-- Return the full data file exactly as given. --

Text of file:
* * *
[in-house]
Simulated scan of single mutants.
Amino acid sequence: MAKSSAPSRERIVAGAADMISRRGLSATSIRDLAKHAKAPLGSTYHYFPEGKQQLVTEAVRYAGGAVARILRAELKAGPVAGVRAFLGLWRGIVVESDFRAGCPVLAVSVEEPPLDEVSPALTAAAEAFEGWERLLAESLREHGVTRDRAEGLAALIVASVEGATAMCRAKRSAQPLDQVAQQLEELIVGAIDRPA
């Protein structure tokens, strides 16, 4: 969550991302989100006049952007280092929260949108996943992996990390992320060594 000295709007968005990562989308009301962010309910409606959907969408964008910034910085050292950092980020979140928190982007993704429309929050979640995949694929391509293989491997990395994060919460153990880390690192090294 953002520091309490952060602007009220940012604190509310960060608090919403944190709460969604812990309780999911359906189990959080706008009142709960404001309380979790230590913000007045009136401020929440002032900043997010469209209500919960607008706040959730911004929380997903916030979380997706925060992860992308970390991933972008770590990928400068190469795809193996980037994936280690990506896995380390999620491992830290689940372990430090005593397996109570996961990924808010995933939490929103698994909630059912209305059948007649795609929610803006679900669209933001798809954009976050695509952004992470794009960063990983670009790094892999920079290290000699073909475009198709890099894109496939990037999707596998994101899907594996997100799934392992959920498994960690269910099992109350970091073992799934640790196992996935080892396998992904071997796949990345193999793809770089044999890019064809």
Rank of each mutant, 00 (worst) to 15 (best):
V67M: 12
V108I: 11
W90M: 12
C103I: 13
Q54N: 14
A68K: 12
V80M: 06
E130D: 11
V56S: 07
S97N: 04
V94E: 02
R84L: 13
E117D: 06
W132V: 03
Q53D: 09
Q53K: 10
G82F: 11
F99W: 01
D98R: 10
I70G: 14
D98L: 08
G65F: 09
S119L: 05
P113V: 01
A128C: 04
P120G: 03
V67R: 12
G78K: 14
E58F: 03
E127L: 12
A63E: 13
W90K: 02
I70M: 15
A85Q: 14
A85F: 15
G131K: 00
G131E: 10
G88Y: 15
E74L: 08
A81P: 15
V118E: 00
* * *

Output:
[in-house]
Simulated scan of single mutants.
Amino acid sequence: MAKSSAPSRERIVAGAADMISRRGLSATSIRDLAKHAKAPLGSTYHYFPEGKQQLVTEAVRYAGGAVARILRAELKAGPVAGVRAFLGLWRGIVVESDFRAGCPVLAVSVEEPPLDEVSPALTAAAEAFEGWERLLAESLREHGVTRDRAEGLAALIVASVEGATAMCRAKRSAQPLDQVAQQLEELIVGAIDRPA
């Protein structure tokens, strides 16, 4: 969550991302989100006049952007280092929260949108996943992996990390992320060594 000295709007968005990562989308009301962010309910409606959907969408964008910034910085050292950092980020979140928190982007993704429309929050979640995949694929391509293989491997990395994060919460153990880390690192090294 953002520091309490952060602007009220940012604190509310960060608090919403944190709460969604812990309780999911359906189990959080706008009142709960404001309380979790230590913000007045009136401020929440002032900043997010469209209500919960607008706040959730911004929380997903916030979380997706925060992860992308970390991933972008770590990928400068190469795809193996980037994936280690990506896995380390999620491992830290689940372990430090005593397996109570996961990924808010995933939490929103698994909630059912209305059948007649795609929610803006679900669209933001798809954009976050695509952004992470794009960063990983670009790094892999920079290290000699073909475009198709890099894109496939990037999707596998994101899907594996997100799934392992959920498994960690269910099992109350970091073992799934640790196992996935080892396998992904071997796949990345193999793809770089044999890019064809």
Rank of each mutant, 00 (worst) to 15 (best):
V67M: 12
V108I: 11
W90M: 12
C103I: 13
Q54N: 14
A68K: 12
V80M: 06
E130D: 11
V56S: 07
S97N: 04
V94E: 02
R84L: 13
E117D: 06
W132V: 03
Q53D: 09
Q53K: 10
G82F: 11
F99W: 01
D98R: 10
I70G: 14
D98L: 08
G65F: 09
S119L: 05
P113V: 01
A128C: 04
P120G: 03
V67R: 12
G78K: 14
E58F: 03
E127L: 12
A63E: 13
W90K: 02
I70M: 15
A85Q: 14
A85F: 15
G131K: 00
G131E: 10
G88Y: 15
E74L: 08
A81P: 15
V118E: 00